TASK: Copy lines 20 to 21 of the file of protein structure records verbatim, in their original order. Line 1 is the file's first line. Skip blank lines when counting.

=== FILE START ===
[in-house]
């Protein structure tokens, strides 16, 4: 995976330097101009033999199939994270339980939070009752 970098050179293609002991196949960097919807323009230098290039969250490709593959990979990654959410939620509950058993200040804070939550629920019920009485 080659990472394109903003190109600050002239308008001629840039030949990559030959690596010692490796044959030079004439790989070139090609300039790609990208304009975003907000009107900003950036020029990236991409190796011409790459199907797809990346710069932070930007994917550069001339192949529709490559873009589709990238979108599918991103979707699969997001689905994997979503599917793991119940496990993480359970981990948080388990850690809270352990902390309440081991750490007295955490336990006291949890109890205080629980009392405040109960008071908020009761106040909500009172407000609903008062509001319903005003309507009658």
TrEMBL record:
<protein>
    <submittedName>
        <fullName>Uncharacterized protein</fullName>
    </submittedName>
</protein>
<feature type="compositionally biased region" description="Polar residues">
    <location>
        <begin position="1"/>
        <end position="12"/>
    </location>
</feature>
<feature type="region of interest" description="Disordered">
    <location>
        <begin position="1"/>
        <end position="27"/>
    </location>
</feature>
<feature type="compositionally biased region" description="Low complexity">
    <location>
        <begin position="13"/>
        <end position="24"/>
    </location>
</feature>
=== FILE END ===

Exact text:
</feature>
<feature type="compositionally biased region" description="Low complexity">